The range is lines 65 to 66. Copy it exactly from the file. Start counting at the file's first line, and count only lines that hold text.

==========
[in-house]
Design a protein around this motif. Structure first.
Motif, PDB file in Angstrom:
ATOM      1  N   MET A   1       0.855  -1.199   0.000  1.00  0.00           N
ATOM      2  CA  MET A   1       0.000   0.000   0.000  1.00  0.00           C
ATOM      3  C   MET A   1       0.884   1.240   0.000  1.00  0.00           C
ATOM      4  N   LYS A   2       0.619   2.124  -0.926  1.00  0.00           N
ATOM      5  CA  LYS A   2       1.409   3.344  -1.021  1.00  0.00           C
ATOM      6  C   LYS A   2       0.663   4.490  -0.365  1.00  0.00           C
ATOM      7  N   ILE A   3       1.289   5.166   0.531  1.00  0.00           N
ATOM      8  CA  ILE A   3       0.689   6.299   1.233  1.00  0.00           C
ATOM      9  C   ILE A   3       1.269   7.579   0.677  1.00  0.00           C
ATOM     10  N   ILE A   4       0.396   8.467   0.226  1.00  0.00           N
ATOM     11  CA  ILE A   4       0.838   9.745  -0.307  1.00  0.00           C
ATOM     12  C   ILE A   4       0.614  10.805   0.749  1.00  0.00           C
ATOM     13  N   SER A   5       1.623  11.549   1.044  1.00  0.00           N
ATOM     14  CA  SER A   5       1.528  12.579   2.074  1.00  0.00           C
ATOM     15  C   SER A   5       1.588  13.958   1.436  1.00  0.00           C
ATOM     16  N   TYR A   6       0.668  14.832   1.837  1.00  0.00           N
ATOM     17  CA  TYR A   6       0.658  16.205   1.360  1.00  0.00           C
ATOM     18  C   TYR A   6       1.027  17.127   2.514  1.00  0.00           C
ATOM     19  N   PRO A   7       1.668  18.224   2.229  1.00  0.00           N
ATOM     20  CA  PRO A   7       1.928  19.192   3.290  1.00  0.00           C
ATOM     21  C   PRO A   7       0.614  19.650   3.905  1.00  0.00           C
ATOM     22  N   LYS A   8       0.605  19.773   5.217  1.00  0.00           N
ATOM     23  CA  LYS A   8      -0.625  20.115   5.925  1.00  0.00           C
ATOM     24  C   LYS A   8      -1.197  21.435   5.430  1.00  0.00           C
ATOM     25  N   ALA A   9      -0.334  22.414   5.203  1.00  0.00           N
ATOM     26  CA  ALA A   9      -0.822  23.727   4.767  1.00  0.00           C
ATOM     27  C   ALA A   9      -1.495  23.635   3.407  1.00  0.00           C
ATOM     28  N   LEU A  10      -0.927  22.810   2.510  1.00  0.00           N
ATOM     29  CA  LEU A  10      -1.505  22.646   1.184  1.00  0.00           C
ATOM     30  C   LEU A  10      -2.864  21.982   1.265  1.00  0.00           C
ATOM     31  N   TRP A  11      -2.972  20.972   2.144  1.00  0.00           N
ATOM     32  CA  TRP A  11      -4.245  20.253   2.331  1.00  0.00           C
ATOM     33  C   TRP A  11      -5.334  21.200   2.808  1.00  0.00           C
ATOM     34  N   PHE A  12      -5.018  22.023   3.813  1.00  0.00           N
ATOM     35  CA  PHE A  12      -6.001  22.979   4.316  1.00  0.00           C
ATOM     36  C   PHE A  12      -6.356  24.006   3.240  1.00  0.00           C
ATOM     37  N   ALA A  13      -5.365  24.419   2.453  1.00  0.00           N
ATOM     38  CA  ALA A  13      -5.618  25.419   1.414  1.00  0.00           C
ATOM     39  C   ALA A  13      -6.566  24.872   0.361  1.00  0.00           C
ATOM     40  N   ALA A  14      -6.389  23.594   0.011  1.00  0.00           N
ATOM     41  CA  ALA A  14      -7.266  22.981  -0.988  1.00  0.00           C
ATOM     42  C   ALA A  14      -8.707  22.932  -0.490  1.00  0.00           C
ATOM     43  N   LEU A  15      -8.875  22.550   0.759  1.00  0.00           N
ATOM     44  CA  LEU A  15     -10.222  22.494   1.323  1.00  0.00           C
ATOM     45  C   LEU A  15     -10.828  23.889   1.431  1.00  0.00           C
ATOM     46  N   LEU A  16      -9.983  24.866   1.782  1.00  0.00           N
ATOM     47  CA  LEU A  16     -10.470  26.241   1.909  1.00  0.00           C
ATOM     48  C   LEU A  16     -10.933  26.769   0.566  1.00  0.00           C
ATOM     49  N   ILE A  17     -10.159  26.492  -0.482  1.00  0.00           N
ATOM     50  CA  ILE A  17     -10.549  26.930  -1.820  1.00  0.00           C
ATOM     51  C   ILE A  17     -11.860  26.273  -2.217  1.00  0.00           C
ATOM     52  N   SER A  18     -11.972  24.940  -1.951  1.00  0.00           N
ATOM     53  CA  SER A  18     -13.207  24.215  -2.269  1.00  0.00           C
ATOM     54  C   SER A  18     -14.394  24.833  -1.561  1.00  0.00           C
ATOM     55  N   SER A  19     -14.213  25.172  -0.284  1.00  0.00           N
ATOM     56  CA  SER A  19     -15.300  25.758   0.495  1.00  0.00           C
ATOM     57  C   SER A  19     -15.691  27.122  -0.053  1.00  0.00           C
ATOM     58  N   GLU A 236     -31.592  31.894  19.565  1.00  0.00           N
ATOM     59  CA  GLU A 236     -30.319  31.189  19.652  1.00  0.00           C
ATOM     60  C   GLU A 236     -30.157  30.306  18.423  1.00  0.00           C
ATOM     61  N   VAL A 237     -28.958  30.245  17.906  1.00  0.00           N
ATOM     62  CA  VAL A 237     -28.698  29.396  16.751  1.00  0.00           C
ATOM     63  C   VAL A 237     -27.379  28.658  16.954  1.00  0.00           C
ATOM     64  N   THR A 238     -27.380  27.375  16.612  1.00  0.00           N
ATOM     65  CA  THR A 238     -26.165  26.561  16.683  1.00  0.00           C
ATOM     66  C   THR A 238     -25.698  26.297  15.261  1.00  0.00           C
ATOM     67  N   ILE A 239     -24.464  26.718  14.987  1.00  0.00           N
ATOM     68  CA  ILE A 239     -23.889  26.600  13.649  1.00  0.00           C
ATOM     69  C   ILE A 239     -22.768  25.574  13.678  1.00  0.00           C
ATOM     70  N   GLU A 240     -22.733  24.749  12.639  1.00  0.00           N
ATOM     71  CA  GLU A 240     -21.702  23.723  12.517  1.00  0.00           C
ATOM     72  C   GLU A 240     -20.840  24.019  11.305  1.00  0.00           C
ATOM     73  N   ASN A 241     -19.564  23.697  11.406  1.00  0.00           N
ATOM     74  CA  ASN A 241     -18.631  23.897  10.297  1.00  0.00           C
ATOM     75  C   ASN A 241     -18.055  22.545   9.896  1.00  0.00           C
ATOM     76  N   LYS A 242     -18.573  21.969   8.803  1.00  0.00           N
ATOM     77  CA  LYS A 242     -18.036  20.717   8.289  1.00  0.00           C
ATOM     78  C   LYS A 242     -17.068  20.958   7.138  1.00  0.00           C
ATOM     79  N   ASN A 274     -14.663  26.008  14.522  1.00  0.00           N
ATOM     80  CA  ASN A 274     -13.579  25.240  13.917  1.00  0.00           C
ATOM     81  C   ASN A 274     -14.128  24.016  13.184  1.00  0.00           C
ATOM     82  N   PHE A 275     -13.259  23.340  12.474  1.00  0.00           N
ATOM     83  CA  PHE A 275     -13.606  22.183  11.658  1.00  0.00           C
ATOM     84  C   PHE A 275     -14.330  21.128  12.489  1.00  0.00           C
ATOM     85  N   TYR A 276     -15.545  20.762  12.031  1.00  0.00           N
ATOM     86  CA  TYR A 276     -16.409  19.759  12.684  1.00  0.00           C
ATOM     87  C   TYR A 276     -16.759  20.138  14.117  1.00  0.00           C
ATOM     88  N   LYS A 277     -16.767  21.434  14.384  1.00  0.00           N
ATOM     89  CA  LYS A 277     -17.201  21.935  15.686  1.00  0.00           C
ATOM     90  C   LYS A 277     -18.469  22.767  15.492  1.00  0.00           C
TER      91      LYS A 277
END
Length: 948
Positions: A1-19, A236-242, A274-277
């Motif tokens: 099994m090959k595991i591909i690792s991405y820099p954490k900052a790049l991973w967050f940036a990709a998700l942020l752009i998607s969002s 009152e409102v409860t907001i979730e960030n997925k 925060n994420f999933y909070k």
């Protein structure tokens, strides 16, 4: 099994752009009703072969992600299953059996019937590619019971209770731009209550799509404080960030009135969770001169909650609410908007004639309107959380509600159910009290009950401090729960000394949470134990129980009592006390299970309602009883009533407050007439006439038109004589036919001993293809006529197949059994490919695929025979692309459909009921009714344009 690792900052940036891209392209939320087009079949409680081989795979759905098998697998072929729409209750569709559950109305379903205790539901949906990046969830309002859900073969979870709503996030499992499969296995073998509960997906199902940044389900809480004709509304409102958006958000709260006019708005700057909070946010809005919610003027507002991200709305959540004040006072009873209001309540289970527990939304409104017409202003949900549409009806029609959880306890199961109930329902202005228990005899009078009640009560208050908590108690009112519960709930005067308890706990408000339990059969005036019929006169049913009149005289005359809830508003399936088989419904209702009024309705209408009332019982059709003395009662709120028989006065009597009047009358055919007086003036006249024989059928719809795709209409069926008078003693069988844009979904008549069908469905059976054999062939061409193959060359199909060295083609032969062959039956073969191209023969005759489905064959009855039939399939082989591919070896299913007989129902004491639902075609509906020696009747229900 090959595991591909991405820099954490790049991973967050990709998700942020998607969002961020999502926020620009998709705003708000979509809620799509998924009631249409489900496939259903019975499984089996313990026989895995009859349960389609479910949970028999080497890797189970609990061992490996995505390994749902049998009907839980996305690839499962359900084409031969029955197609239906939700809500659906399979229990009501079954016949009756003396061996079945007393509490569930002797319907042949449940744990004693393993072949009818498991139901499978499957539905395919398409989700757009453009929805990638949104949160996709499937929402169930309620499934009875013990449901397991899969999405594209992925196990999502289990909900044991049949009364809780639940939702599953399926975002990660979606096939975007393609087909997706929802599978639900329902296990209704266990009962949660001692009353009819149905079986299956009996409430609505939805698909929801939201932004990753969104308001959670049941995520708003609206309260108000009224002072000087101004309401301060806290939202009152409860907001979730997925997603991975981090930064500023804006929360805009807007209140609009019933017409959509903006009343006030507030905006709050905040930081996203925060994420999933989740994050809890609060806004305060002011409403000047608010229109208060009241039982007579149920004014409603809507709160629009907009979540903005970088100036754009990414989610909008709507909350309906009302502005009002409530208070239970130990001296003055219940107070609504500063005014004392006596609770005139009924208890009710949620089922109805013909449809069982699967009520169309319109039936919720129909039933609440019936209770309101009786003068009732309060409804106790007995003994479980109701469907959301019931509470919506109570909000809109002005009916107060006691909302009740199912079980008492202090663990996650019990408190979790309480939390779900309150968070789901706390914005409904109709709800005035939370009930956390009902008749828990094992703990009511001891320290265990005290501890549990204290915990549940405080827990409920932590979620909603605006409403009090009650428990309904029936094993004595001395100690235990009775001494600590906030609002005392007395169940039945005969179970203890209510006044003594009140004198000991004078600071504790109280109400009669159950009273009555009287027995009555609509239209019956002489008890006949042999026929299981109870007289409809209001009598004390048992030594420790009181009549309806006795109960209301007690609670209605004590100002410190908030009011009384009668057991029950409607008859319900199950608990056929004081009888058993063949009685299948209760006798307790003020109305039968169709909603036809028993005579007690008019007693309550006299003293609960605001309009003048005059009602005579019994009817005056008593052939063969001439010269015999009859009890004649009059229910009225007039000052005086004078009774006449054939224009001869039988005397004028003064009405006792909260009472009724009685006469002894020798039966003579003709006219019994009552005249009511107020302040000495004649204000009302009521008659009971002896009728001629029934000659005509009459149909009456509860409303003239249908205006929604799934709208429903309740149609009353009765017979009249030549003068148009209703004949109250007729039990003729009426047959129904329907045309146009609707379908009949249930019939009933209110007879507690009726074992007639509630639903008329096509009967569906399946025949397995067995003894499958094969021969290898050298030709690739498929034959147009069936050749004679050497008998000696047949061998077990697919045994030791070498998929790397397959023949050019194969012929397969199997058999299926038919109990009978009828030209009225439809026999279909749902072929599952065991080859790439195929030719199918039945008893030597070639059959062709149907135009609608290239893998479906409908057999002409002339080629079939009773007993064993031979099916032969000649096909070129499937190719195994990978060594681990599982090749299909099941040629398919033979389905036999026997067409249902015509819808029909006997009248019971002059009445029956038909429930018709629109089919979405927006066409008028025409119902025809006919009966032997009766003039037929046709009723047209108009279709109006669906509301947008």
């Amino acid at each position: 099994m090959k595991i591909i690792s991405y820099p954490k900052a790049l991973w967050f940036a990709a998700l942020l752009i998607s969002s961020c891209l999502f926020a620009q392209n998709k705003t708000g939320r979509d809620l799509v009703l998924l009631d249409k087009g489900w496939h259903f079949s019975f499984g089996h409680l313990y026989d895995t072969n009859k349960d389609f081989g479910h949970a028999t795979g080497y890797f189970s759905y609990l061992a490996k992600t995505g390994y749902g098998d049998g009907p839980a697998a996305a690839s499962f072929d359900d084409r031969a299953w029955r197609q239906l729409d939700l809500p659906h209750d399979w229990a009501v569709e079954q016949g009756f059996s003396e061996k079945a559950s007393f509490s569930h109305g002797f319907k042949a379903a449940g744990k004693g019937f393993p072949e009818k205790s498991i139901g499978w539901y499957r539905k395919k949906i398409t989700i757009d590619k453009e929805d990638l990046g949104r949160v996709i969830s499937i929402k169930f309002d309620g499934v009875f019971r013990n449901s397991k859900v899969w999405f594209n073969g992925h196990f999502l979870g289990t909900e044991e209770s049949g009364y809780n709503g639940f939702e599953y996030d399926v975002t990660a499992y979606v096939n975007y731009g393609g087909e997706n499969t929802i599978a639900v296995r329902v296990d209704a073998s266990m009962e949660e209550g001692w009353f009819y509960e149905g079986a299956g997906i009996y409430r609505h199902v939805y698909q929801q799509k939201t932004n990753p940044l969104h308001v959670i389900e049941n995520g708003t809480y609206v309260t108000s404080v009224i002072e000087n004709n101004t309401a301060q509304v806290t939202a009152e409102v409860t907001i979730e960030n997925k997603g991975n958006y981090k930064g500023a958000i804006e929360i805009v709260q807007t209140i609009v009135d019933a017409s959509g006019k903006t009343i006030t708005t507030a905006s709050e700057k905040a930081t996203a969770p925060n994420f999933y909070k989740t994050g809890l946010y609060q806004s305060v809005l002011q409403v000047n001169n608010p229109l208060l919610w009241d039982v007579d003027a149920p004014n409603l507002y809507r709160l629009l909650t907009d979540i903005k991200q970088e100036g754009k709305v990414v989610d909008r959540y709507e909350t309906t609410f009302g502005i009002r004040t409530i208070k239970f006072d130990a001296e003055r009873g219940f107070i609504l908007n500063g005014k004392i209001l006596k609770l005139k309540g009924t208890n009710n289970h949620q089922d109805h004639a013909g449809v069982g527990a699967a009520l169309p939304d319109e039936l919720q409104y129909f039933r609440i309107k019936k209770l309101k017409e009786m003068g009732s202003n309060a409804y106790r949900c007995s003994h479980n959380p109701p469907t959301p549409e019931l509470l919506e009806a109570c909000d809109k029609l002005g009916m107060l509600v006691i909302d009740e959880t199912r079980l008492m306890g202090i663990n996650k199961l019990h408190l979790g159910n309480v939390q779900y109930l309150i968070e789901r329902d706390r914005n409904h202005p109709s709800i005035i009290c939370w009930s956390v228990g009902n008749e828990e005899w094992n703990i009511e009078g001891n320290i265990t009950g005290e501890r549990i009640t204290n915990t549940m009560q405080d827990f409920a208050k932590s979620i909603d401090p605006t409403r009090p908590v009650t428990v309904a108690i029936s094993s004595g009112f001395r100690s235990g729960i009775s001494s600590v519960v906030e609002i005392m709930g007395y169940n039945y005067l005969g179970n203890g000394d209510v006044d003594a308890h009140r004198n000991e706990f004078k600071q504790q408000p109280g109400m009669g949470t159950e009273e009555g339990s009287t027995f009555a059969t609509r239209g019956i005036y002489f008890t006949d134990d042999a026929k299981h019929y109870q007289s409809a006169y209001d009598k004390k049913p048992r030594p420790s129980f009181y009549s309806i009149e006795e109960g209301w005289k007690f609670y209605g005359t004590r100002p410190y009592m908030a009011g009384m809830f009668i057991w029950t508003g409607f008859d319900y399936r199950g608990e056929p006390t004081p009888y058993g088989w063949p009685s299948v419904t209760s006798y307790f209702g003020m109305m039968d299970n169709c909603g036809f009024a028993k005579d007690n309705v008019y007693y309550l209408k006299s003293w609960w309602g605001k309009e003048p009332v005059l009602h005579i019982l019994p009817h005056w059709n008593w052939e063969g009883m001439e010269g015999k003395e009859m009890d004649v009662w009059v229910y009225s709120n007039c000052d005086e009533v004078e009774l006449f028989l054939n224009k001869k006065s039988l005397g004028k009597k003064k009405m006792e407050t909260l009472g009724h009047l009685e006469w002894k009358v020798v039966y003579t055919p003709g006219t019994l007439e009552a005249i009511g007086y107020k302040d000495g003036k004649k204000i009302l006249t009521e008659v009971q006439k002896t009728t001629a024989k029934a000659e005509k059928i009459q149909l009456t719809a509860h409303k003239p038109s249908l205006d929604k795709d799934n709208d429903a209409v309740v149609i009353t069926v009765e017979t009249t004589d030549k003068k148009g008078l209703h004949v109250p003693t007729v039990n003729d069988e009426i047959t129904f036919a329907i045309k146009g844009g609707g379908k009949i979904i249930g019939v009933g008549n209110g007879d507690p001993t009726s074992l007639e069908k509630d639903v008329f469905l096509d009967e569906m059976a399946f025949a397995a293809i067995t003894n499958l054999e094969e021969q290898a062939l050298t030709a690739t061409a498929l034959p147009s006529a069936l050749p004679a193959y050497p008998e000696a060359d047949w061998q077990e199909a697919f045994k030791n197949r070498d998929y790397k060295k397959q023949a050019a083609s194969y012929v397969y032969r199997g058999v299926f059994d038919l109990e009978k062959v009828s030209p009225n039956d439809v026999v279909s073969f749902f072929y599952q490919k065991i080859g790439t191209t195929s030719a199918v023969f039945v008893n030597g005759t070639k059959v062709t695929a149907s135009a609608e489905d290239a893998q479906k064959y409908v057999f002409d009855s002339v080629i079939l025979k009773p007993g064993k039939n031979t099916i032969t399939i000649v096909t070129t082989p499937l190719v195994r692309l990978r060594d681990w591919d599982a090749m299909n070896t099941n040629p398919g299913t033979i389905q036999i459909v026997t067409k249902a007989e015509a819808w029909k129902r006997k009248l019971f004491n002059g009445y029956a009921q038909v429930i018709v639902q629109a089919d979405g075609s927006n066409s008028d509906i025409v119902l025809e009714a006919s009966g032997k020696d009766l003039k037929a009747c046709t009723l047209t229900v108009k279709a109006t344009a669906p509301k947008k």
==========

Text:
ATOM     62  CA  VAL A 237     -28.698  29.396  16.751  1.00  0.00           C
ATOM     63  C   VAL A 237     -27.379  28.658  16.954  1.00  0.00           C